Eliana Balla and Morgan J. Rose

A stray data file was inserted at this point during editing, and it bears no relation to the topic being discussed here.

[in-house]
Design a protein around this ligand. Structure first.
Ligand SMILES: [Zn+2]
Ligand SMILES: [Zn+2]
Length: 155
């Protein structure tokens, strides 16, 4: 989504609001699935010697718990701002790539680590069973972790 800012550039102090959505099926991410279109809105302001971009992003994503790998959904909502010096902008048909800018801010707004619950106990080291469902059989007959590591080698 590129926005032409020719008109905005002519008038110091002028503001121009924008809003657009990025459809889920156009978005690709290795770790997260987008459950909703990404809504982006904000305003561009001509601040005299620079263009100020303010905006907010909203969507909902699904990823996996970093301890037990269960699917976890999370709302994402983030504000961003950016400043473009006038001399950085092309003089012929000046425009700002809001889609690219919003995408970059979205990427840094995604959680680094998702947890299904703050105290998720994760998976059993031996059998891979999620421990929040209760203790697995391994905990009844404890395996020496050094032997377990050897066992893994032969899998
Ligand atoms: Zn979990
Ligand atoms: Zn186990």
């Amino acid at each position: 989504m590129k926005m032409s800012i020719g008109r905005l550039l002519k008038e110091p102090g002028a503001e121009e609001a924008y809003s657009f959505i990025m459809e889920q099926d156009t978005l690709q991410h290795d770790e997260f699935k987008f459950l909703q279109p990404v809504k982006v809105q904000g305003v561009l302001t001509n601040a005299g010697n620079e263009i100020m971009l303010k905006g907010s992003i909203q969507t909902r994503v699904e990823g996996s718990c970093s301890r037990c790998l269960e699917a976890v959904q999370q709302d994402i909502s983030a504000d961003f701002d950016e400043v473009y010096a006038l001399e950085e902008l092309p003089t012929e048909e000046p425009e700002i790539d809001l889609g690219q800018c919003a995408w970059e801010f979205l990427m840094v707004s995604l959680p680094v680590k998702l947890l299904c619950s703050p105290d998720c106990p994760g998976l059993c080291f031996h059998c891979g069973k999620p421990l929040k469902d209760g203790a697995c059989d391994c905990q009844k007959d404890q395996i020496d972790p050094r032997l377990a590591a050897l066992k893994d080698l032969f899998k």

This paper examines how the tightening of accounting constraints associated with the SunTrust bank decision in 1998 impacted the loan loss reserve policies of banks differently based on ownership structure. The SunTrust case, the result of an SEC inquiry over possible overstating of loan loss reserves, represented a strengthening of accounting priorities, which stress the importance of the reserve account for financial statement objectivity and comparability, relative to supervisory priorities, which emphasize the role of reserves for bank solvency through changing economic environments. The evidence presented indicates that publicly held banks, which fall directly under the SECs purview, reduced their loan loss reserve and provisions relative to privately held banks. Evidence also indicates that the positive relationship between bank earnings and provisions weakened, consistent with a reduction in either earnings management or early recognition of losses.